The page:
Pope Benedict XVI has apologised to victims of sex abuse / Telegraph photoAfter dispatching his network of parish priests in Ireland to read his letter to Irish Catholics, which ostensibly acknowledged the misdeeds there (it even referred to them as “criminal”), the very next Sunday, Pope Benedict XVI proceeded to use Bible passages to justify the evil that had been done to children in the R.C. Church’s care. The (UK) Telegraph writes about his latest address (WebCite cached article):

Campaigners had hoped that after his seven page letter on Saturday to Irish victims of child abusing priests in which he said he was “truly sorry” the Pope would use his weekly sermon to apologise in public.

But he failed to do so and instead he asked Roman Catholics around the world to be “indulgent towards sinners and pray to God to ask for forgiveness for our failings.”

He used as an example the Bible parable from John’s Gospel in which Christ asks people about to stone an adulteress: “Let he who is without sin cast the first stone.”

Honestly, I can’t think of any other way to describe this, than to call it “rubbing salt into Ireland’s wounds”:

The pontiff didn’t mention his letter chastising Ireland’s church hierarchy as he made his weekly appearance Sunday from his studio window overlooking St. Peter’s Square. He cited the Gospel passage about Jesus’ inviting those without sin to cast the first stone toward an adulterer.

“While acknowledging her sin, he does not condemn her, but urges her to sin no more,” Pope Benedict said. told English-speaking pilgrims in the square. “Trusting in his great mercy toward us, we humbly beg his forgiveness for our own failings, and we ask for the strength to grow in his holiness.”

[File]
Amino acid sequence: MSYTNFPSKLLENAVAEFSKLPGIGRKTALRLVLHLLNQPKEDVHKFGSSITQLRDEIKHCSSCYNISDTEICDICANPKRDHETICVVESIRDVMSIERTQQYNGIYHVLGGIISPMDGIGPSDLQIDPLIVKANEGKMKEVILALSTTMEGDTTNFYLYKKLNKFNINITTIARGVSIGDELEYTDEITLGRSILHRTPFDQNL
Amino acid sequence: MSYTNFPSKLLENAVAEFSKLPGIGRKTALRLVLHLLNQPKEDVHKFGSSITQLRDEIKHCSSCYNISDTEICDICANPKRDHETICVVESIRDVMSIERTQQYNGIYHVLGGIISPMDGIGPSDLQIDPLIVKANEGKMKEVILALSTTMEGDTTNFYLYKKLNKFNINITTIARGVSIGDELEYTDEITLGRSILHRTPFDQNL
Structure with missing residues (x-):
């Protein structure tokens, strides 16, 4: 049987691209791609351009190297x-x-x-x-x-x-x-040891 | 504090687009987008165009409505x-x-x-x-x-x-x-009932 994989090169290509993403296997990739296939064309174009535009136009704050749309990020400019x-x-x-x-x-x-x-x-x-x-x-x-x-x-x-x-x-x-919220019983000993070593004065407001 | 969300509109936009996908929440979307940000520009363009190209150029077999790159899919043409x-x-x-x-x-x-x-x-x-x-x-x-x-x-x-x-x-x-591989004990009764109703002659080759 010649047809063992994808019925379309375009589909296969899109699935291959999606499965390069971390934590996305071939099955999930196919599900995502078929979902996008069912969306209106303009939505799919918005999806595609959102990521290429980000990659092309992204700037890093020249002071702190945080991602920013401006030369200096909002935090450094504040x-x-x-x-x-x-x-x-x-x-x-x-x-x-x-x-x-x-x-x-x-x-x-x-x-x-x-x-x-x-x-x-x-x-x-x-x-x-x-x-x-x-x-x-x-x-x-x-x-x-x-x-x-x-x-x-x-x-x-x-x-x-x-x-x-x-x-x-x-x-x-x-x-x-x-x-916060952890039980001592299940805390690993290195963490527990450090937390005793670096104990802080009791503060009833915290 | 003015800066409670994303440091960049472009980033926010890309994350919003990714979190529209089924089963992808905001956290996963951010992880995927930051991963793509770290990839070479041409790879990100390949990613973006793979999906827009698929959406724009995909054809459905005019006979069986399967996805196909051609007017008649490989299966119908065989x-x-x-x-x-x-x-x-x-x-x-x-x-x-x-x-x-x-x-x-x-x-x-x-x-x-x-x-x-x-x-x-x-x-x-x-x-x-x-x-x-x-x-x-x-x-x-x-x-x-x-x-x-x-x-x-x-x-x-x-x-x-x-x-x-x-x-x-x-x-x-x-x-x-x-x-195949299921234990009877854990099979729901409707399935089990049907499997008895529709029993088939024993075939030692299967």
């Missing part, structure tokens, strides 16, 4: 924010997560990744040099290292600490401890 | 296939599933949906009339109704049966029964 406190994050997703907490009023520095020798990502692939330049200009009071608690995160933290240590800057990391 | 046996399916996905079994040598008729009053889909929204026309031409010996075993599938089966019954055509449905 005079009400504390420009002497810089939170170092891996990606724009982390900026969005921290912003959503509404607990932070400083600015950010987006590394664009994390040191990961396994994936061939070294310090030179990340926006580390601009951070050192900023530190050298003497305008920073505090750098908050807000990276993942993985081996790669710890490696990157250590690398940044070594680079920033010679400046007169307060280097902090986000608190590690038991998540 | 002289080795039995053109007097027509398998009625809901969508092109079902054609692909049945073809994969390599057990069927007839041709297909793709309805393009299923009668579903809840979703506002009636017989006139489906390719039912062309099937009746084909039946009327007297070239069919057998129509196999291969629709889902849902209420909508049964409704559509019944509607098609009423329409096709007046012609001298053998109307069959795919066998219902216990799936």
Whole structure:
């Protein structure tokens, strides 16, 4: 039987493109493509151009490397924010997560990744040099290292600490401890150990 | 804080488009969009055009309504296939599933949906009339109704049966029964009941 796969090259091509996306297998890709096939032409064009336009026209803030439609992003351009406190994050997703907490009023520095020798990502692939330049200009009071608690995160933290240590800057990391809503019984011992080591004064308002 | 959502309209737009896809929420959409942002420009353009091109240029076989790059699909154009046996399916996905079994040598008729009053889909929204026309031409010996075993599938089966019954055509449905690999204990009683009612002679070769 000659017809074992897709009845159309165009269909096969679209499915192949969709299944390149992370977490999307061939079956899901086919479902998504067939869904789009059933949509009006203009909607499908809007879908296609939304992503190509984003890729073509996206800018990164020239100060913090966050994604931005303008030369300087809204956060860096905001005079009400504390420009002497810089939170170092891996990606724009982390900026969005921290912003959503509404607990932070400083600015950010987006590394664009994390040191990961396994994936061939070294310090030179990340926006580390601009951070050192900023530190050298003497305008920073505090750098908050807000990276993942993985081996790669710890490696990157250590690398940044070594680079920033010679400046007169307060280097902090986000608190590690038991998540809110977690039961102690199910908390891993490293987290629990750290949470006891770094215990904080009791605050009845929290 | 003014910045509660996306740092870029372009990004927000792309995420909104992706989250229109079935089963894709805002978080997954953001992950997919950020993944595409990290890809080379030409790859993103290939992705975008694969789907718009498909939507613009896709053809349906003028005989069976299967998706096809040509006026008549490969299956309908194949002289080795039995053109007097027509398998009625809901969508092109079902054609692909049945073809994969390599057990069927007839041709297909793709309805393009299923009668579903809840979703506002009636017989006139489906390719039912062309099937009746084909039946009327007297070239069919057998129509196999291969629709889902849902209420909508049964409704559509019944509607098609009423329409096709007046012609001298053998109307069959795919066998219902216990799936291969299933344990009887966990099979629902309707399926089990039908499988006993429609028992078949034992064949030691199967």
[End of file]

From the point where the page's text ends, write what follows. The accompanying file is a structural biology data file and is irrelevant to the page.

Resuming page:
The Pope here is actually asking people not to “condemn” the child-rapists, child-beaters, and assorted other criminals who hid behind their vestments, cassocks and habits, and were sheltered for decades by the Catholic hierarchy. How nice of him. Let’s go over the many moral and contextual errors in the Pope’s use and abuse of one of the most famous gospel passages, shall we?

The story of “the woman taken in adultery” is found in the gospel of John, and the original passage is as follows:

But Jesus went to the Mount of Olives. Early in the morning He came again into the temple, and all the people were coming to Him; and He sat down and began to teach them. The scribes and the Pharisees brought a woman caught in adultery, and having set her in the center of the court, they said to Him, “Teacher, this woman has been caught in adultery, in the very act. Now in the Law Moses commanded us to stone such women; what then do You say?” They were saying this, testing Him, so that they might have grounds for accusing Him. But Jesus stooped down and with His finger wrote on the ground. But when they persisted in asking Him, He straightened up, and said to them, “He who is without sin among you, let him be the first to throw a stone at her.” Again He stooped down and wrote on the ground. When they heard it, they began to go out one by one, beginning with the older ones, and He was left alone, and the woman, where she was, in the center of the court. Straightening up, Jesus said to her, “Woman, where are they? Did no one condemn you?” She said, “No one, Lord.” And Jesus said, “I do not condemn you, either. Go. From now on sin no more.” (John 8:1-11)

Let’s look at this. First, the Pope is comparing the ongoing and often systematic abuse of children, by adults, with a single instance of adultery, which is a consensual act between two adults. How, exactly, is there any equivalence here? If there is one, I can’t see it.

Second, this gospel story implies that the woman was at least remorseful, and it’s possible that she did, in fact, “sin no more” after this episode. The Roman Catholic clergy who abused children in their care, however, have been anything but remorseful, and they abused children for decades, often going on to later victims even after having been caught; and they were consciously protected by an organization that supported them and frequently prevented them from being prosecuted. Here again, an equivalence fails.

Usually it’s the fundamentalist Christians who abuse scripture in order to justify doing the wrong thing … but in this case it’s none other than the head of the Roman Catholic Church who’s doing so. Obviously he has no shame, no remorse, and no understanding of what has been going on in his own Church. But conveniently, he does know just enough to be able to use Jesus’ own putative words to tell people not to “judge” criminality within the Church he ostensibly commands.

Photo credit: Telegraph.

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